Maybe not much. Abortion should be legal, abortion should be outlawed. Global warming is real, global warming is a hoax. Health care should be mandatory, health care should be optional.
Letís put it this way: John Kerry and Michele Bachmann arenít likely to have a meeting of the minds anytime soon.
And yet there are issues where I think we could find agreement. Granted, they might be somewhat peripheral, but finding notes of harmony might start to change the tone in Washington.
(Too much Kumbaya for you? Think both sides will refuse to bend? Well, after more than a decade of increasing polarization, we could simply give into perpetual stalemate - or try a different strategy.)
One of those issues is taxes on the wealthy. And by wealthy, I donít mean families earning $250,000 a year. Or $500,000 a year. Or $1 million a year.
Letís look instead at families and individuals making multi millions every year. As The New York Times reported on Friday:
[T]his summer the Internal Revenue Service released data from the 400 individual income tax returns reporting the highest adjusted gross income. This elite ultrarich group earned on average $202 million in 2009, the latest year available. And buried in the data is the startling disclosure that six of the 400 paid no federal income tax. The I.R.S. has never before disclosed that last fact... 27 paid from zero to 10 percent of their adjusted gross incomes and another 89 paid between 10 and 15 percent.
There has, of course, been debate in Congress over what constitutes ďrich.Ē Should families that make $300,000 or $400,000 a year see their tax rate go from 35% to 39%? President Obama and Democrats say yes, arguing that the rich have to pay their fair share. Republicans counter that 39% is too high for people who may be creating jobs. And whoís to say that someone making $300,000 a year is rich?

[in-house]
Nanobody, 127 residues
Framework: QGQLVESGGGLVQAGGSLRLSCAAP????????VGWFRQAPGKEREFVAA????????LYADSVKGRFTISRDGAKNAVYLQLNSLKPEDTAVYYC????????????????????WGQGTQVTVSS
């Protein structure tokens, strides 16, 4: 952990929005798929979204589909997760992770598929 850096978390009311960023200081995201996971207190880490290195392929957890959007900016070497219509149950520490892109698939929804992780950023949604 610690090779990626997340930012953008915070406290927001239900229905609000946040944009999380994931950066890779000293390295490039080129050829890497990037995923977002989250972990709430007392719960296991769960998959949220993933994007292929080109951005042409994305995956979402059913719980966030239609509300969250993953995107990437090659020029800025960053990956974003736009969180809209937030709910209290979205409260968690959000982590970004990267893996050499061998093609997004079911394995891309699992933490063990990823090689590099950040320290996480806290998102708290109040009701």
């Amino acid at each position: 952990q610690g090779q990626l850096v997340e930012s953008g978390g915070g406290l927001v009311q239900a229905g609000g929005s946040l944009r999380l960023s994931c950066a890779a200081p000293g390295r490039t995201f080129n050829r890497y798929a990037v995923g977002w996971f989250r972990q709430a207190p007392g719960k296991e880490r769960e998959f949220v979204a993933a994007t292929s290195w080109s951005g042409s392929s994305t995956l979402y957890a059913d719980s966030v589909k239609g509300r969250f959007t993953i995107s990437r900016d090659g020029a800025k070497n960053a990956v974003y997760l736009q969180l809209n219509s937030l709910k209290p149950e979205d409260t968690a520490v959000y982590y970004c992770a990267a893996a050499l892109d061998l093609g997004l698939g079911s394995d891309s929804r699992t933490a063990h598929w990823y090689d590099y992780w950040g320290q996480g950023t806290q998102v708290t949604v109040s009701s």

But Iím fairly sure we can all agree that a family making $100 or $200 million dollars a year is wealthy. And we can probably also agree that they shouldnít be paying less in taxes than a bank teller, a truck driver, or the poor sap who earns $300,000.
So, could Republicans and Democrats get together to make sure that people who make $200 million a year donít pay fewer taxes than middle-class voters? Grover Norquist might not like it, but, as a stand-alone measure, it might just pass.
And such a compromise could highlight a surprising truth: that Democrats and Republicans can, on occasion, agree.
Obviously, ensuring that the richest people in America pay a few bucks in taxes would not mark our finest hour. But, heck, itís a start. And you never know where that might lead.
The author is solely responsible for the content.